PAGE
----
Let us take the Fujimori case. Our assessment must depend upon things that cannot be known indubitably. For example, can it be known for certain that Sendero might have won the war in Peru? No, it cannot. Such knowledge is radically beyond our powers to attain.

Can it be known for certain that Sendero would have been as bad as I have suggested? The only guide we have is other regimes that have espoused a similar ideology, and they have all committed terrible atrocities, some of the worst in human history. Sendero had so far given every indication of following the pattern; it committed many atrocities even before it reached power. My assessment is therefore surely a rational one. But just how certain does one have to be of forthcoming evil to be allowed commit lesser evils oneself in order to avert it? Who can say for certain, or even in probability, what the assassination of Lumumba averted?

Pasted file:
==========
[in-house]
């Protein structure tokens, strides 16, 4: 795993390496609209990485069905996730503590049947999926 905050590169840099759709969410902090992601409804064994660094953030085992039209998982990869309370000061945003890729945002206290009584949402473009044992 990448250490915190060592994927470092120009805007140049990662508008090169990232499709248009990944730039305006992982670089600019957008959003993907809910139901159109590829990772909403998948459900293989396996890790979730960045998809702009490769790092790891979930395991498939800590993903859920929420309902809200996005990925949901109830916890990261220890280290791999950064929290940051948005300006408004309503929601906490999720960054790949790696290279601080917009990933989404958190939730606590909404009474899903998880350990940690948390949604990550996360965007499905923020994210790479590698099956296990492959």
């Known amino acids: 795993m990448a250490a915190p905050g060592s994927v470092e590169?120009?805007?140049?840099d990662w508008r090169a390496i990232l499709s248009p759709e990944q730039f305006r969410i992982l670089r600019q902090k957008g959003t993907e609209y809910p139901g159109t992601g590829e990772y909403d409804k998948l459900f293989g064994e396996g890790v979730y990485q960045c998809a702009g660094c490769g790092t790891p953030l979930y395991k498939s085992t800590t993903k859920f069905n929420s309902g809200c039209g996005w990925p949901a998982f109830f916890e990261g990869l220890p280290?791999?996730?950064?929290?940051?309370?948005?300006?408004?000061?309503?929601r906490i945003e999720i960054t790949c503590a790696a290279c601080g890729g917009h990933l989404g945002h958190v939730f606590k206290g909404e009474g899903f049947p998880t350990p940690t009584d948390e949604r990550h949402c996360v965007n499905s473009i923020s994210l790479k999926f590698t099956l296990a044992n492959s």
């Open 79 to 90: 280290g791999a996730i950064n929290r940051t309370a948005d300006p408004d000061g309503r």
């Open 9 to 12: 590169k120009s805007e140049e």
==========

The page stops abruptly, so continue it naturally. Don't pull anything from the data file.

And while it is true that Sendero was defeated by the methods employed, can we know for certain that it could have been defeated only by the methods employed? This would have to be shown for a complete vindication of Fujimori, even on an ends-justify-the-means view of political morality. Again, the answer must be no, we cannot know it. Common sense suggests that a Peruvian catastrophe (if we accept there was going to be one) could not be averted by men with entirely clean hands: but we can’t say we know this beyond all doubt, or exactly how minimally unclean those hands had to be, and whether Fujimori kept that uncleanliness to an absolute minimum.

Similarly, we can’t know for certain how important Fujimori was to the defeat of Sendero. No man could have defeated the movement single-handed; Fujimori was not engaged in personal jousting with Guzman in a mediaeval tournament. It was the intelligence services that found Guzman in hiding and decapitated the movement thereby, the single most important blow ever struck against Sendero; this might have happened whoever was president and had no human infringement of human rights by government forces taken place. Would Sendero have been defeated if Vargas Llosa had been president and had used different methods? Indeed, would Vargas Llosa have used different methods? Again, we can’t know.